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Implementing the Illness Management and Recovery Program for Consumers With Severe Mental Illness
Michelle P. Salyers, Ph.D.; Jenna L. Godfrey, M.S.; Alan B. McGuire, Ph.D.; Tim Gearhart, M.S.W.; Angela L. Rollins, Ph.D.; Charles Boyle, B.A.
Psychiatric Services 2009; doi: 10.1176/appi.ps.60.4.483
View Author and Article Information

Dr. Salyers, Ms. Godfrey, Dr. McGuire, Mr. Gearhart, and Dr. Rollins are affiliated with the Department of Psychology, Indiana University-Purdue University Indianapolis (IUPUI), and the ACT Center of Indiana, Indianapolis. Dr. Salyers and Dr. McGuire are also with the Center on Implementing Evidence-based Practice, Health Services Research and Development Service, Department of Veterans Affairs (VA), Richard L. Roudebush VA Medical Center, Indianapolis. Mr. Boyle is with the Indiana Family and Social Services Administration, Indianapolis. Send correspondence to Dr. Salyers at Roudebush VA Medical Center, 1481 W. 10th St. (11H), Indianapolis, IN 46202 (e-mail: mpsalyer@iupui.edu).

Abstract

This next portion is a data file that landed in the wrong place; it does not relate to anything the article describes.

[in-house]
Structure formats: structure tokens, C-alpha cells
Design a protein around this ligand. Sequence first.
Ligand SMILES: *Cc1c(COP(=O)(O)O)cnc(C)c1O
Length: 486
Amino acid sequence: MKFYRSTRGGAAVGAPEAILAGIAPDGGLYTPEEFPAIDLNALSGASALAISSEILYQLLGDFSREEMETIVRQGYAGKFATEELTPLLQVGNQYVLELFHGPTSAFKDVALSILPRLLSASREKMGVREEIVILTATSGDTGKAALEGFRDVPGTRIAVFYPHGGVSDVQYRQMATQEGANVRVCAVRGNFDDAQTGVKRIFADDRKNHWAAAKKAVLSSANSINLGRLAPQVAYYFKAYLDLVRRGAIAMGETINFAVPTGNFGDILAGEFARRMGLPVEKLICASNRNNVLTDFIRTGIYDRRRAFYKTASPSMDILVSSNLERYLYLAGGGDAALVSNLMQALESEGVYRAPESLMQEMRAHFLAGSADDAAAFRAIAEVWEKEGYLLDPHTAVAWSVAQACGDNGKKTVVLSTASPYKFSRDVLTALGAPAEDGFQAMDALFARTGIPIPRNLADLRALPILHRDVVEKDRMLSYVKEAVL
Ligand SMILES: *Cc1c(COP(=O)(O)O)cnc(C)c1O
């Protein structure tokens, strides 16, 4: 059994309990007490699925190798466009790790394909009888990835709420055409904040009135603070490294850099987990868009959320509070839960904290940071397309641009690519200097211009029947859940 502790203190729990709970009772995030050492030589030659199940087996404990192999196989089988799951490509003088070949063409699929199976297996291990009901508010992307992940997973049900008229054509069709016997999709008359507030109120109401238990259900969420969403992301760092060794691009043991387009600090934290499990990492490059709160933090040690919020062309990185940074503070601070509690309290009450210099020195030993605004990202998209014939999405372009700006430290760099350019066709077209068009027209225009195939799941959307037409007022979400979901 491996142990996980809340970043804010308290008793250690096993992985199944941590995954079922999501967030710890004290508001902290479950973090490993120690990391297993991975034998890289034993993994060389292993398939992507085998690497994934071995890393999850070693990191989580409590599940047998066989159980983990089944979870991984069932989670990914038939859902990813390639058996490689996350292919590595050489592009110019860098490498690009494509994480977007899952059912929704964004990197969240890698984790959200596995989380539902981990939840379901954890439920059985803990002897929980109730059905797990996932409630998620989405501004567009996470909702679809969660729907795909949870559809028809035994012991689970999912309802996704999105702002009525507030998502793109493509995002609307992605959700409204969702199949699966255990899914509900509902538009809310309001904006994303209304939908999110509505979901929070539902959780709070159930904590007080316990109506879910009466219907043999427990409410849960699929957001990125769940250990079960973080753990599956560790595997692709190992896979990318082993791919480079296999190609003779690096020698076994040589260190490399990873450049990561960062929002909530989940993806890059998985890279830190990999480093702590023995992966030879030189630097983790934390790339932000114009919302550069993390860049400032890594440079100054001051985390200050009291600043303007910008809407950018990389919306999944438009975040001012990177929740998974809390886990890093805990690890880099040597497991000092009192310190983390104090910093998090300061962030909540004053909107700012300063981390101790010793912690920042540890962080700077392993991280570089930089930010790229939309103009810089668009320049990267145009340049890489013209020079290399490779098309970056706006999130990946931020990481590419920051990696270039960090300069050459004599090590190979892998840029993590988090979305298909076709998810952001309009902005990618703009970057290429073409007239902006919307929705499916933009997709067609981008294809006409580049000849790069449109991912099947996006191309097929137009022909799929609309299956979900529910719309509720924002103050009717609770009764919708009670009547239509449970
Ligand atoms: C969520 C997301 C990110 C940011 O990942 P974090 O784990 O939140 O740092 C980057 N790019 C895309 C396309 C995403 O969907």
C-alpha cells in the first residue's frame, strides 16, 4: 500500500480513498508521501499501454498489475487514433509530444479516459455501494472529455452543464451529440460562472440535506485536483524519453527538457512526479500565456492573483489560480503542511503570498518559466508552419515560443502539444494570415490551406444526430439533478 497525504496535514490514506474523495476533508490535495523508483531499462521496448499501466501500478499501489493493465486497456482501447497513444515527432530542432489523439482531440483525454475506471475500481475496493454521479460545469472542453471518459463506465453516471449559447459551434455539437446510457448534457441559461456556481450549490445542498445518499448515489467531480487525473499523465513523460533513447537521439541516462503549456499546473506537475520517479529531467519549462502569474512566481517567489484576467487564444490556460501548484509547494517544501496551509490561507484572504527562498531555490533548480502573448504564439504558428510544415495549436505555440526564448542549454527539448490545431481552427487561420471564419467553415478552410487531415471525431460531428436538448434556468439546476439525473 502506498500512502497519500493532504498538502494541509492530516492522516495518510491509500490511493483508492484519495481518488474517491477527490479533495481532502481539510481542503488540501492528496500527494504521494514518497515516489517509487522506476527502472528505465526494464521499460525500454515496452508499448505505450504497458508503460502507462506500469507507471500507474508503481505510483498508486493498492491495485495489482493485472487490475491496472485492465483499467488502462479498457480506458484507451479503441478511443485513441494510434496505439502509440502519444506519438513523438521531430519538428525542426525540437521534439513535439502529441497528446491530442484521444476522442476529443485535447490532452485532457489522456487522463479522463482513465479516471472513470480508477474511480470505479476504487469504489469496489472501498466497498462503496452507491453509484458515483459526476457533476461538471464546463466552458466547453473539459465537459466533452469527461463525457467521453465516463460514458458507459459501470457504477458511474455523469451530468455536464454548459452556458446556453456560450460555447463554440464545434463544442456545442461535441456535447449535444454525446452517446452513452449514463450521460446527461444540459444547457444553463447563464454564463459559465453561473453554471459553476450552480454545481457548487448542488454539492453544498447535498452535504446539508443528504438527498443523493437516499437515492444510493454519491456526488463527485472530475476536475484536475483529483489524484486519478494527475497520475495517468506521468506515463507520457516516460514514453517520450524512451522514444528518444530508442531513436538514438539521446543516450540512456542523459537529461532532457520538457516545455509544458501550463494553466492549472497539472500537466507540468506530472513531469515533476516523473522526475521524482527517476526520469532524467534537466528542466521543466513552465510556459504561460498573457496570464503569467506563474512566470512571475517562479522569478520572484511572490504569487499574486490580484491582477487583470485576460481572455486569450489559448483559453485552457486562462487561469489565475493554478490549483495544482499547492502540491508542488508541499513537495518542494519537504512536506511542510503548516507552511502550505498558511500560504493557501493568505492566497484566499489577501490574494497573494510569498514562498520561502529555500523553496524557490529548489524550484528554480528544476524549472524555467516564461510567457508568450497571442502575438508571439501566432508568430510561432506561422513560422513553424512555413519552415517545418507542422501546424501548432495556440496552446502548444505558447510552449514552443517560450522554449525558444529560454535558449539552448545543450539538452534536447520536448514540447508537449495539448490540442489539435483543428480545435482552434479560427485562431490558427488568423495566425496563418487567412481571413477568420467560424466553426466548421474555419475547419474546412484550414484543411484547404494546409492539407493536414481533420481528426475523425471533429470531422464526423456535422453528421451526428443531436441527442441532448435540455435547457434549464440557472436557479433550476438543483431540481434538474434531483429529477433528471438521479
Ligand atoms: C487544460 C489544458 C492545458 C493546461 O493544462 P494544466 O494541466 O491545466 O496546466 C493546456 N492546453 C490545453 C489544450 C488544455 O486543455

Objective: The primary purpose of this study was to evaluate the statewide implementation of the illness management and recovery program, a curriculum-based intervention for adults with severe mental illnesses. Methods: Using knowledge gained from the National Evidence-Based Practices Project, the ACT Center of Indiana assisted seven community mental health centers with implementation of the illness management and recovery program. Implementation was conducted by trainers, who provided in-depth skills training, ongoing monitoring and supervision, and consultation as needed. At six and 12 months, the fidelity of implementation was assessed by use of the Illness Management and Recovery Fidelity Scale, and changes in illness self-management, hope, and satisfaction with services were assessed for 324 consumers with severe mental illness by use of the Illness Management and Recovery Scale, the Adult State Hope Scale, and the Satisfaction With Services Scale, respectively. Results: The illness management and recovery program was successfully implemented at six of seven sites; five sites achieved high fidelity by 12 months and the sixth by 24 months. Self-reports of consumers and clinicians indicated significant changes in illness self-management. Consumers reported increased hope but no changes in satisfaction with services. Conclusions: The illness management and recovery program can be implemented with a high degree of fidelity and may be a meaningful way for mental health providers to promote recovery and provide an evidence-based intervention. (Psychiatric Services 60:483–490, 2009)